Apple’s M1-optimized macOS Big Sur arrives November 12th
As a recap, Big Sur brings with it some notable updates like a revamped, customizable Control Center, a re-organized Notifications Center and improvements to Maps, Safari and Messages. Today, Apple said the software is also tuned to work well on the company’s new M1 chip. Like other ARM-based PCs, Apple said Macs using the M1 chipset will also wake from sleep very quickly.
MacOS Big Sur on M1-enabled machines will also use the right cores for specific tasks like other modern ARM-based devices — high-performance cores for more taxing apps, for example, and the high-efficiency cores for less-intensive functions.
“We built macOS on Apple Silicon to use the same data formats for things like video decoding, GPU and display,” so editors don’t need to waste time and money converting files.
“Of course, we’ve optimized all of our apps for M1,” Federighi said, shouting out Pages, Numbers, Keynote, Garage Band, iMovie, Logic Pro and Final Cut Pro as some of them. One of the biggest problems plaguing ARM-based PCs is app compatibility, and Apple also pointed out its Universal Apps that will work on M1-powered devices. The company said Adobe and Omni Group are bringing universal versions of their apps soon, starting with Lightroom next month and Photoshop early next year.
During its event, Apple also showed off a slew of developers talking about how easy it was to transition their apps to Universal versions. This perception of how easy it is to make compatible apps for the new machines is key to Apple’s success in moving over to ARM-based laptops. Microsoft’s failures in this space are a clear lesson to learn from.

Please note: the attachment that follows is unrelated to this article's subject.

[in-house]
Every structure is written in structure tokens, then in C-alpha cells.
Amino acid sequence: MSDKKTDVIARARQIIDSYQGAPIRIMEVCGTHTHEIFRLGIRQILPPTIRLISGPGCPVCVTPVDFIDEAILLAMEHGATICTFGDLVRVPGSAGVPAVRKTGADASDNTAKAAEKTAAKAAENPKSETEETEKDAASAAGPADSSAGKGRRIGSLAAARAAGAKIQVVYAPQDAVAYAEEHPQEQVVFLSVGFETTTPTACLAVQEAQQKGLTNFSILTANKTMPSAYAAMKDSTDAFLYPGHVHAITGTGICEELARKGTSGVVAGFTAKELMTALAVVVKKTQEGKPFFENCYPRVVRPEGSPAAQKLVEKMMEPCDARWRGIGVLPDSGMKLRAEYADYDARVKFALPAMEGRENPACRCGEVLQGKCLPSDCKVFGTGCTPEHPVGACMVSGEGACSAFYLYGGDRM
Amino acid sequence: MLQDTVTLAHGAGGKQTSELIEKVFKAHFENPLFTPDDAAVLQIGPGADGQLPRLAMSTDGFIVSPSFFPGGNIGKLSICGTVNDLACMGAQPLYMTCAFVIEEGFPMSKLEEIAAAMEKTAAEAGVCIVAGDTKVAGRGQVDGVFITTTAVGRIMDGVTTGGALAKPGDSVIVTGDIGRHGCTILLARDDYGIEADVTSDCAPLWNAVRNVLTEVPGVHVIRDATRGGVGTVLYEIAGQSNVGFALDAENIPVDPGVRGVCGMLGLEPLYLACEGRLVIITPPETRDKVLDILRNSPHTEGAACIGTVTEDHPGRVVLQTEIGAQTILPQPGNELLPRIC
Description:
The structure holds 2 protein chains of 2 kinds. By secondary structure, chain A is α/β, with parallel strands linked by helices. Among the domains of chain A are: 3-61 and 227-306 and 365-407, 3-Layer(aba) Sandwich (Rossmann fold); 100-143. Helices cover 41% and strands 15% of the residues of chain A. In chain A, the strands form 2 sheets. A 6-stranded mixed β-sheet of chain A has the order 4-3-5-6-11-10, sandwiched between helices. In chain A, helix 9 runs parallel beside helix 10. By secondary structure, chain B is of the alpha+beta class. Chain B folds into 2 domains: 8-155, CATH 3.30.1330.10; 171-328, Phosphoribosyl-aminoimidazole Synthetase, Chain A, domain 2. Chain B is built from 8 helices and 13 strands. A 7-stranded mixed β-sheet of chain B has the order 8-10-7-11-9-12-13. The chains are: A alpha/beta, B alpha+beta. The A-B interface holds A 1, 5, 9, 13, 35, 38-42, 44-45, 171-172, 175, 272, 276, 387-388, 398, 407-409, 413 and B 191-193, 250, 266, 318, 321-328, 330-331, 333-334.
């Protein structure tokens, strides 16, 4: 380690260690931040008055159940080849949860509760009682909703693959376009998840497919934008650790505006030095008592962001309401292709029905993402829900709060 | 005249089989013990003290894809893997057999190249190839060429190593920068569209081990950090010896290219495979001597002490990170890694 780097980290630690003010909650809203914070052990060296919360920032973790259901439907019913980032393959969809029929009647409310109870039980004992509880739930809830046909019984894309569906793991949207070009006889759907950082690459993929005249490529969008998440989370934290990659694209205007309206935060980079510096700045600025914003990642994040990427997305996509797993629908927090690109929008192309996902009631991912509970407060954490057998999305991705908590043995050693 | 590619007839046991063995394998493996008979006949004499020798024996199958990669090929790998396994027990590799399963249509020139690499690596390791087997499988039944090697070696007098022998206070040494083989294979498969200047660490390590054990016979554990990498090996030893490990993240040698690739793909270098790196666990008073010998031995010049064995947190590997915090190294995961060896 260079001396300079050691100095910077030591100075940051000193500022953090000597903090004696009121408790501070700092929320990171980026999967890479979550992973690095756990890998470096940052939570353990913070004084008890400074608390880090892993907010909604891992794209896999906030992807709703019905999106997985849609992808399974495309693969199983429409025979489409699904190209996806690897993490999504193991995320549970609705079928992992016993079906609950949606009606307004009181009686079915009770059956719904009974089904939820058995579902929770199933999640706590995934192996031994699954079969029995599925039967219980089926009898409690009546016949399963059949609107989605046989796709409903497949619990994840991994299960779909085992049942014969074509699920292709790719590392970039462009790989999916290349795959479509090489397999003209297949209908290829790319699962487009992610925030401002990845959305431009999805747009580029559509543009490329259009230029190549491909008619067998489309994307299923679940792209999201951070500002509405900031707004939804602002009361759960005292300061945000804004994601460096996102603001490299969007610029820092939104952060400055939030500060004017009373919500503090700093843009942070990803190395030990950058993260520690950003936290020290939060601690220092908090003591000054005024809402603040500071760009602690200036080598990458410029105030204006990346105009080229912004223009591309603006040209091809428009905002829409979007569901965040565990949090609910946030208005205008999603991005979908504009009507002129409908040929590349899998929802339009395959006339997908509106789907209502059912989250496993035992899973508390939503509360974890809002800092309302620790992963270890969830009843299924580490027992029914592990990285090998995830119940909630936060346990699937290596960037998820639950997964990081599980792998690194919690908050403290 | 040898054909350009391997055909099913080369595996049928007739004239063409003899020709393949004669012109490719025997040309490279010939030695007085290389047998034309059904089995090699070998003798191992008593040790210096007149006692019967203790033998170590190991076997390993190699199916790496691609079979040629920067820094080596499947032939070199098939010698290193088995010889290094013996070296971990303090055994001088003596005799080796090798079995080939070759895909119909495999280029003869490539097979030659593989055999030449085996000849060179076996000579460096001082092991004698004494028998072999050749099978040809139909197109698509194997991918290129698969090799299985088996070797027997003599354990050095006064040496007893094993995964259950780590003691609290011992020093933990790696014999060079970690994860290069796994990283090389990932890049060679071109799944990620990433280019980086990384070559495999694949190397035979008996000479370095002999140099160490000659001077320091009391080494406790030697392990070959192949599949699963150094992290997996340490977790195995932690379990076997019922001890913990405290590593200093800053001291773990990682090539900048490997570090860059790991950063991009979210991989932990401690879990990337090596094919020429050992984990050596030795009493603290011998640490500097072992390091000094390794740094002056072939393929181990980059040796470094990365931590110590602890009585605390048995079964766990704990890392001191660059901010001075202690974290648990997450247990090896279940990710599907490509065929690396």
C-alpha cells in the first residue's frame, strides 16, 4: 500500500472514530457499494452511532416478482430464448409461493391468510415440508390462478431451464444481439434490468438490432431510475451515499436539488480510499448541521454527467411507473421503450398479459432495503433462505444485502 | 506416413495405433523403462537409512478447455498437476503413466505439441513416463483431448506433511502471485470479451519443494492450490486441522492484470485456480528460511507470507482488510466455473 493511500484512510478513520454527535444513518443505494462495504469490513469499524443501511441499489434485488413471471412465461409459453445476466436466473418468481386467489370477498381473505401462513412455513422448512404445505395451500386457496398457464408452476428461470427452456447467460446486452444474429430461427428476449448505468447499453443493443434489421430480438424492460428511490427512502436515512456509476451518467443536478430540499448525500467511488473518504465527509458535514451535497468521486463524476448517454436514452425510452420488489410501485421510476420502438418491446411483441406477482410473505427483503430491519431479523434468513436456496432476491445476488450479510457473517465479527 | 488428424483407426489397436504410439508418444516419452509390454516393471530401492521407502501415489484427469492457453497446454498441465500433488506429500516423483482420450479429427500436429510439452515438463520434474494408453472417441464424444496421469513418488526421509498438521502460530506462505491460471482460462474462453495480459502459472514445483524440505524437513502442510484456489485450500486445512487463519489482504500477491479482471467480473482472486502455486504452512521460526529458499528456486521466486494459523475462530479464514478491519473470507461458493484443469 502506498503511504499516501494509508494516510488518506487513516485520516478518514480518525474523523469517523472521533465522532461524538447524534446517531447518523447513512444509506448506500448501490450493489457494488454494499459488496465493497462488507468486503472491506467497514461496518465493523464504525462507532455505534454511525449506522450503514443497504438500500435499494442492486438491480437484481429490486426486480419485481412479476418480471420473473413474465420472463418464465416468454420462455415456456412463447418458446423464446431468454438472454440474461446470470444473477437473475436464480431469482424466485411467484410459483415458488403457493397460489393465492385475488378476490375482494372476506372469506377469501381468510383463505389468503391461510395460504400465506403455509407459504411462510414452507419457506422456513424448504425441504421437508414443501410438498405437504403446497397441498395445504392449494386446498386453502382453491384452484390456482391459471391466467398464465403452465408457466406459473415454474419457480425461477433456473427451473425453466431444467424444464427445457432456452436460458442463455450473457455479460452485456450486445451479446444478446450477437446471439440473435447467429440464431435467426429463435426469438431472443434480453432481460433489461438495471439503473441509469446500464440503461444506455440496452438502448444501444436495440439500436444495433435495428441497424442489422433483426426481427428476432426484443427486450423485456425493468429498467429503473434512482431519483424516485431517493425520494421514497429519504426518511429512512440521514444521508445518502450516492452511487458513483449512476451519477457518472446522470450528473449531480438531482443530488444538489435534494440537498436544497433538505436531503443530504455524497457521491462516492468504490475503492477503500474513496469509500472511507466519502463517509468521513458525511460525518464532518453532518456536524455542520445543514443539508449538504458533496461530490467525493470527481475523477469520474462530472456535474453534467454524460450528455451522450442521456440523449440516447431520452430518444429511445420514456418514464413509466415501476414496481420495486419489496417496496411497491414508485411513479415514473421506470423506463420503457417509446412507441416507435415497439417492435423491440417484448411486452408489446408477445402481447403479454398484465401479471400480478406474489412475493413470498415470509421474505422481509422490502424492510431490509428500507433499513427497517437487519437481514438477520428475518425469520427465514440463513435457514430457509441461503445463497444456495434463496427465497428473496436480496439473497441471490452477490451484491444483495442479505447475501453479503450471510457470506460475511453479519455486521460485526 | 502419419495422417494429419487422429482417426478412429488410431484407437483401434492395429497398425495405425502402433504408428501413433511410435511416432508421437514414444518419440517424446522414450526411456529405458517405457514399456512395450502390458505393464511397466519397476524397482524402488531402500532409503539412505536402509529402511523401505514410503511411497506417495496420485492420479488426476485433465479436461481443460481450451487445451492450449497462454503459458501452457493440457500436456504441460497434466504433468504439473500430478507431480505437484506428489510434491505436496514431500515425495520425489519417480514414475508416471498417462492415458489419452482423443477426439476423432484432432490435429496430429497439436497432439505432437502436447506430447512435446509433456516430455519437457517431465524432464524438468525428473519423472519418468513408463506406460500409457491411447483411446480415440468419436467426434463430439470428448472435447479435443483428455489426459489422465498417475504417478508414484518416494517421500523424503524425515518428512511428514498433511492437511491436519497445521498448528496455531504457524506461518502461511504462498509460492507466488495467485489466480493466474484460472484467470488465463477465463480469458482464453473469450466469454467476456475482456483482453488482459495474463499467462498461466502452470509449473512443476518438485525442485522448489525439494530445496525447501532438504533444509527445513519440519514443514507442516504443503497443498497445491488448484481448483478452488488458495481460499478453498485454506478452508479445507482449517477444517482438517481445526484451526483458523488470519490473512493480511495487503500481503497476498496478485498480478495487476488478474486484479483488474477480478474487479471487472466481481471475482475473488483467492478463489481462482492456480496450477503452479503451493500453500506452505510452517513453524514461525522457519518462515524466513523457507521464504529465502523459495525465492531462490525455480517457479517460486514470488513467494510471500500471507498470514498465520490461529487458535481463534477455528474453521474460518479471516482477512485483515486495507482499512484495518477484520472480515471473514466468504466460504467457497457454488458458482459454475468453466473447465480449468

Existing apps that haven’t ported to a Universal version will find Big Sur’s Rosetta 2 helpful. It will translate apps made for x64-86 machines to run on Apple Silicon. It sounds similar to Microsoft’s emulator on Snapdragon PCs, and buys developers some time to move their apps over to the Universal platform. Apple said on its developer page that Rosetta “is not a substitute for creating a native version of your app.” We don’t know yet how long Rosetta 2 will stick around.
From what we’ve already seen, Big Sur also features a redesign, although from our preview the changes are subtle and feel less like a makeover and more like a touch-up.
Some enhancements are under the hood, like Photos animations showing up more quickly thanks to Metal support. Others are only obvious when you make use of new customization options. Now that we have an official release date for the final software, we can look forward to testing the macOS update — hopefully on one of the new M1-powered Macs.